Chris Nee knows what kids want, and, as you can see in her new Netflix show, Ridley Jones, she also has a pretty good idea of what they need from their entertainment, too. This isn’t surprising information considering her background. Prior to helping Ridley Jones get to the small screen, Nee created two other classic kids cartoons: Doc McStuffins and Vampirina and took home Peabody, NAACP, Humanitas, and Emmy awards for those shows.
While the newest hero, Ridley Jones shares some traits of Doc and Vampirina, she’s absolutely her own person. Living inside a treehouse inside a museum, Ridley learns important lessons about inclusivity, working together, and the importance of community. Oh, did we mention that the soundtrack slaps? Because it does. Fatherly had the chance to talk to Chris about the new show, what makes good children’s entertainment, and all those earworms that have your preschooler tapping their proverbial toes.
What’s different about creating a set of kids’ characters for Netflix versus for Disney? I.E. What was different about the creation of Ridley Jones versus Doc McStuffins?
The real difference is me, and everything I know now that I didn’t know then. Ridley takes advantage of the things I learned by making Doc and Vamp. Netflix has been incredibly supportive of my vision.
Speaking of Doc, the show is over, but for some kids, it’s brand new. (My 4-year-old is in love.) So, how do you think about that when creating something new? Do you think: Hey what will kids be thinking about this show in like 10 years? In 20?
If you’re focused on legacy or ratings or reception you’re watching the wrong thing. Your goal is to make a great show, one you’ll be proud of. The reception of it is a whole other thing. Also for animation, because it takes so long, we almost never do topical stuff. It’s one of the reasons the material crosses boundaries easily and lasts a lifetime.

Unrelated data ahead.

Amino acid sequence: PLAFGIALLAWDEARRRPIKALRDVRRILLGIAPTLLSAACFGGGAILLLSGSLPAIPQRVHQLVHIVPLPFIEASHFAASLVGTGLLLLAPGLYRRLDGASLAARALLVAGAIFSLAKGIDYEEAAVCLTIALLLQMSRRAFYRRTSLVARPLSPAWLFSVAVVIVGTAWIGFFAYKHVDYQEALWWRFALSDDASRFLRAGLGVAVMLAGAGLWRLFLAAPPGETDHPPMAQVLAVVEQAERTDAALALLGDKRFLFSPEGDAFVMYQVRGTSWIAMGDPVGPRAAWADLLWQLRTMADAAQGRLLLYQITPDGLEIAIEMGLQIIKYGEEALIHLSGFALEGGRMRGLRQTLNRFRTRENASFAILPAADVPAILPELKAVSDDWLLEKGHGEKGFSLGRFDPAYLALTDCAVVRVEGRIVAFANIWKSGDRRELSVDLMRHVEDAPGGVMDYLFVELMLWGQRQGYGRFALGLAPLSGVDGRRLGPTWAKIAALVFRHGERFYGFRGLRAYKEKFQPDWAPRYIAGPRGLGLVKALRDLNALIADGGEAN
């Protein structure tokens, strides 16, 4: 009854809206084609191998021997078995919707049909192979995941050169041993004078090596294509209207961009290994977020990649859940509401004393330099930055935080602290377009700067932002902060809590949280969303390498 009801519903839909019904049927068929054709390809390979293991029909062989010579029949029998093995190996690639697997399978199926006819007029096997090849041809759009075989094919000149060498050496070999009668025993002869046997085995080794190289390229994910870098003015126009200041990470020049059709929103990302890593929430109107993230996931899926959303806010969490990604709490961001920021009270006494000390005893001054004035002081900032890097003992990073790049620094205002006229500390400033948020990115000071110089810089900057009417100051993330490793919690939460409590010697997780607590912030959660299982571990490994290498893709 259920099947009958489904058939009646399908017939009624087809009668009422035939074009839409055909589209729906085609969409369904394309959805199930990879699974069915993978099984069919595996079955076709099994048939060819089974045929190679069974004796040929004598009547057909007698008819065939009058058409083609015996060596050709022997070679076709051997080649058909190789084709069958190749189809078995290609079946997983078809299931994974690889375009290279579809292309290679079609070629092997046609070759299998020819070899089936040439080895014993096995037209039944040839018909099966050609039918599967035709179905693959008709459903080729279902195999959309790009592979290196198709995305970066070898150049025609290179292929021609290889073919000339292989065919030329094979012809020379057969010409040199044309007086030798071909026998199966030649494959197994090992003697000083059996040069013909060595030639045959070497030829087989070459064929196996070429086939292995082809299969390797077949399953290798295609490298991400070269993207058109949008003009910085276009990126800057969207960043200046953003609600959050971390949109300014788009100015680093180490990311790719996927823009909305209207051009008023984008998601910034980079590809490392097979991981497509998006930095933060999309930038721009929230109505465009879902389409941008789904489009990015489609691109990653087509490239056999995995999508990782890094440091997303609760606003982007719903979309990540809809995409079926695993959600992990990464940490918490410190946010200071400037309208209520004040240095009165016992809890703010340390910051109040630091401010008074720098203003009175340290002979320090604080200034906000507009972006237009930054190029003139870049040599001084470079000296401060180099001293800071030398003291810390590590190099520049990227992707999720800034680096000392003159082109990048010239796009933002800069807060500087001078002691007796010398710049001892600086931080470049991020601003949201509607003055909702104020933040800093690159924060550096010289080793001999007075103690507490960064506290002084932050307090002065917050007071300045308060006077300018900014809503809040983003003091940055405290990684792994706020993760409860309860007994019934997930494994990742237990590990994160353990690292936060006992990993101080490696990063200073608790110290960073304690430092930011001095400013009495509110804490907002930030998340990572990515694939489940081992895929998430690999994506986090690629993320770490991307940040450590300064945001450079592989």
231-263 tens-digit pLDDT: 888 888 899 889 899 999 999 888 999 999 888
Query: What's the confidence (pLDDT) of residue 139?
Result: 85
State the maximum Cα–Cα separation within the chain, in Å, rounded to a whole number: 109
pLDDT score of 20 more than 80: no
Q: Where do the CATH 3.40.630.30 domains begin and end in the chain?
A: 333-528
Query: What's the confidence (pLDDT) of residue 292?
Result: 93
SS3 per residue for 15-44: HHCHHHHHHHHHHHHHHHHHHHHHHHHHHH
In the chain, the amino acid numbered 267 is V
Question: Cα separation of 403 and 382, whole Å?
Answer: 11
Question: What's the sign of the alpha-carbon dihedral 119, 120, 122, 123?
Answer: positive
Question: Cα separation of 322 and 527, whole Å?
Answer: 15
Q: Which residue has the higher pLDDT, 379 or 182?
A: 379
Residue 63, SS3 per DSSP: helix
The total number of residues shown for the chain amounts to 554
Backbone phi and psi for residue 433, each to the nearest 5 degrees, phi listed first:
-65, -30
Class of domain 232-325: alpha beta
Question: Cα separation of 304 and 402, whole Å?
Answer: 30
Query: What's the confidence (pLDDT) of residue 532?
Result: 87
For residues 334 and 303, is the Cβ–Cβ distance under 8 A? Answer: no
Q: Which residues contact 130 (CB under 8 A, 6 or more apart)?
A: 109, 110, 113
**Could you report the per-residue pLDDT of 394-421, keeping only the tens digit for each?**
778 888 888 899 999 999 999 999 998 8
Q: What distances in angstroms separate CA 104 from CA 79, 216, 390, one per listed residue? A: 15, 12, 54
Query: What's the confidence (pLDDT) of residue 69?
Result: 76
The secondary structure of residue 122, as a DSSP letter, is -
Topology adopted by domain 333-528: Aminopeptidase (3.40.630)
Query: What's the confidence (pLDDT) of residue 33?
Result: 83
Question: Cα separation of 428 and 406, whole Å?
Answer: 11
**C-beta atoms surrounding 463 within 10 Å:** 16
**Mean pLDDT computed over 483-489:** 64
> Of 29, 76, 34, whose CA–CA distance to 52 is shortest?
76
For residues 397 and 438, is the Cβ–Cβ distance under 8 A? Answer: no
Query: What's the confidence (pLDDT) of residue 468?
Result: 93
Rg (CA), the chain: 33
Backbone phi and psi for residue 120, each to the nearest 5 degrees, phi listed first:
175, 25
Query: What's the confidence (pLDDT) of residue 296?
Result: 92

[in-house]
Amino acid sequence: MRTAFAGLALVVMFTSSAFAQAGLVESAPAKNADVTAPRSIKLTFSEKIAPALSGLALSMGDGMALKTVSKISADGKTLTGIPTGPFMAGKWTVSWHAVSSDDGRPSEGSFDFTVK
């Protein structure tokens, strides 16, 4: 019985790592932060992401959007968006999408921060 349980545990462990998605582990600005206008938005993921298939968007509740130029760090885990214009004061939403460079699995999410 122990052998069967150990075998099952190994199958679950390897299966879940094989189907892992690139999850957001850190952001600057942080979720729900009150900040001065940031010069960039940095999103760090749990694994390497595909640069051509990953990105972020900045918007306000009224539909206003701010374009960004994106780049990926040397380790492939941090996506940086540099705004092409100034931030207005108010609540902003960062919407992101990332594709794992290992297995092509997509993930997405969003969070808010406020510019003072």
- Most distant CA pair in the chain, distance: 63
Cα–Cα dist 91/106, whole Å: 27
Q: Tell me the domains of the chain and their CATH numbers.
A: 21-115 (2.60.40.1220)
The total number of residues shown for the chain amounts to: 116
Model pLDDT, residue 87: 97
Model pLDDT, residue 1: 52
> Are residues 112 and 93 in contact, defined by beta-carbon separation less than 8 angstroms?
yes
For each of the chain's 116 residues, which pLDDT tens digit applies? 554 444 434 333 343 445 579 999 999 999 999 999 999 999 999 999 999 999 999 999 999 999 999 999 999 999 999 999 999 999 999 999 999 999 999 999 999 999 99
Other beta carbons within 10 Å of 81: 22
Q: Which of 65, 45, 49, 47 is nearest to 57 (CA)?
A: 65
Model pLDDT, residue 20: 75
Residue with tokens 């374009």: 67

With that in mind, how does the creation of a non-binary character make Ridley Jones different than Doc McStuffins?
Fred was the right character for the right story.
What makes a good kids’ show? It seems like the easy answer is “good characters.” But it’s more than that, right?
A good kids’ show comes from a million right decisions making up a whole. And it’s about channeling a lot of talented people’s energies. It’s good characters, good writers, good actors, good songs, great animation. And at the core there always needs to be something that touches the wish-fulfillment of a kid.
Should we be expecting some earworm songs from Ridley Jones?
I love music. It’s a great play space for me personally. For this series, it does have a Frozen-level soundtrack. I worked with the extraordinary composers Chris Dimond and Michael Kooman again. They were brought through the journey of the show versus only being brought on to compose a song for a one-off episode. Because of this they really got to know the characters in Ridley Jones. They were on their own to create the music and they nailed every song–the series has broadway-esque music.
What’s the most important lesson kids can get from their cartoons?
From Ridley Jones I want the main takeaway to be that it takes a village and we are stronger together. You will see episodes where Ridley believes she can do something by herself, but she can’t. She is never as good as she could be when she works by herself. There’s also a lesson in how we look at people. Kids can learn how to take care of the community that lives right outside our door.
Ridley Jones streams on Netflix. Chris Nee’s next kids’ show is Ada Twist, which hits Netflix on September 28.
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